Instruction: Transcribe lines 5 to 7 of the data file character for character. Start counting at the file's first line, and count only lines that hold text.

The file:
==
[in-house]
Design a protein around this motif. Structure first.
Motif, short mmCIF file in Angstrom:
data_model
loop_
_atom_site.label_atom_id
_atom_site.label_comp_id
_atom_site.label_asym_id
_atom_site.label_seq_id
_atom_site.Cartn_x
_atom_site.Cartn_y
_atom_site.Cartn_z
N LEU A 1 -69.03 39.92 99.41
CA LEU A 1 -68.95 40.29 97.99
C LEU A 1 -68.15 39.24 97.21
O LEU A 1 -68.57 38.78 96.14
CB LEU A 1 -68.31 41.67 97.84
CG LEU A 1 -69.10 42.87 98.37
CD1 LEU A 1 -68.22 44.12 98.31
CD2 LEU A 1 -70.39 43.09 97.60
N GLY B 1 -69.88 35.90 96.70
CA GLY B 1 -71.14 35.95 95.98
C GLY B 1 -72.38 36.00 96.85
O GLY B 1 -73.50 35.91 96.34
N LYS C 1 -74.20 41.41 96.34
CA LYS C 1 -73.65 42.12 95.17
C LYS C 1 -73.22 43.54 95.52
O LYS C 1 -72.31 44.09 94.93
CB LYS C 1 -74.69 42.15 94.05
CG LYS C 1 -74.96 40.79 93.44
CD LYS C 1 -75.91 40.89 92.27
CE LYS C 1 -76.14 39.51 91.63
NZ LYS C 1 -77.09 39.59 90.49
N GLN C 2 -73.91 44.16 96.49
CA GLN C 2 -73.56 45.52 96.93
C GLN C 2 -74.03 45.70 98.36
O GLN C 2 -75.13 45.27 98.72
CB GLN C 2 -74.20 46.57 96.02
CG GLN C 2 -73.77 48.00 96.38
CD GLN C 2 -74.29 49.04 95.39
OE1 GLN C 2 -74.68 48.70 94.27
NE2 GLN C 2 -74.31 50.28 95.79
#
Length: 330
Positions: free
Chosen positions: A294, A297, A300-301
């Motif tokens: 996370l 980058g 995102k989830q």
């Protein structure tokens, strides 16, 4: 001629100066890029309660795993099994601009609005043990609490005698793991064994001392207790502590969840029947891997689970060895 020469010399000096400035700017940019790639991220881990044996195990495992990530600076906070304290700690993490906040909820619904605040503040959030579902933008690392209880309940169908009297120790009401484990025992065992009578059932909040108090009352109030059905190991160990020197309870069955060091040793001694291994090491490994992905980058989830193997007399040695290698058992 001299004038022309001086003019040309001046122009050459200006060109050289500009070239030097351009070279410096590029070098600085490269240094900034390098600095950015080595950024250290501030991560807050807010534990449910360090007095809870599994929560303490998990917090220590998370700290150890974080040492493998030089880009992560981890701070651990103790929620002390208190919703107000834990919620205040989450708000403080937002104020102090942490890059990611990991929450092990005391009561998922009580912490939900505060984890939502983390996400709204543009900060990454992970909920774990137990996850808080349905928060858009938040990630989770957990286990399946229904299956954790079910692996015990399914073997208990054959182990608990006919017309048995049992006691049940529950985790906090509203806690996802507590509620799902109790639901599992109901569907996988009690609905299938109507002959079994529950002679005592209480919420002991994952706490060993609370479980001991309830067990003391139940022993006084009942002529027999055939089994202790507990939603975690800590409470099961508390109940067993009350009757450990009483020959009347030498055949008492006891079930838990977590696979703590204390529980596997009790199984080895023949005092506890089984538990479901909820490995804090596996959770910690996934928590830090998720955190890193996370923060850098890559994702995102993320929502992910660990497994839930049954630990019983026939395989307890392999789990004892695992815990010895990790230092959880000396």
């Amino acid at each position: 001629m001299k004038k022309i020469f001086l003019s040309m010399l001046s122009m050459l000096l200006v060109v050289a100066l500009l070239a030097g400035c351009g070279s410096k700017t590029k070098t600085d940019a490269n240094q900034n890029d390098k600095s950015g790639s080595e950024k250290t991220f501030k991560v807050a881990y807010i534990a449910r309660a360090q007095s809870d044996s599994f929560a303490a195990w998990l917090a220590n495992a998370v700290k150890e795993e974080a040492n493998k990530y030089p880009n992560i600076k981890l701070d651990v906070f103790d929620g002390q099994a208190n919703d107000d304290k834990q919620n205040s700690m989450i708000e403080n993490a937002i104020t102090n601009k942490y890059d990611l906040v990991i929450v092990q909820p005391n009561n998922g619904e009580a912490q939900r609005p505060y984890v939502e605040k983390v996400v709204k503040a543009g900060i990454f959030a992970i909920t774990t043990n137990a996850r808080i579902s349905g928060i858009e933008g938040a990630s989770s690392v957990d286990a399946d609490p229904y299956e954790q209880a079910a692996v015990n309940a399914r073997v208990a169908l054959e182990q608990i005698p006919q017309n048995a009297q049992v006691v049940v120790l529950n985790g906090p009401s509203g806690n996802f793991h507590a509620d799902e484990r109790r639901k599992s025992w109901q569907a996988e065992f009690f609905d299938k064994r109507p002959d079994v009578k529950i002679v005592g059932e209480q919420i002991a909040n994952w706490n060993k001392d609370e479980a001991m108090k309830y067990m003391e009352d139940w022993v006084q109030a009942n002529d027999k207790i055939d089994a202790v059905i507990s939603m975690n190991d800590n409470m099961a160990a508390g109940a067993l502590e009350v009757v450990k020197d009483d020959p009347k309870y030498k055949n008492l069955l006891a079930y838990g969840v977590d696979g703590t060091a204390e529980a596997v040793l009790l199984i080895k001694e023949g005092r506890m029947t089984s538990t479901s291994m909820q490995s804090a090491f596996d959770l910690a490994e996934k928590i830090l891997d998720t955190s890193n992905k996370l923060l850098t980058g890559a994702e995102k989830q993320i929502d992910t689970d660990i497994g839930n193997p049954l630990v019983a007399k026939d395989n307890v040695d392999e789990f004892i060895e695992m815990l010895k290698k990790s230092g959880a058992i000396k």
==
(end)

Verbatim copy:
loop_
_atom_site.label_atom_id
_atom_site.label_comp_id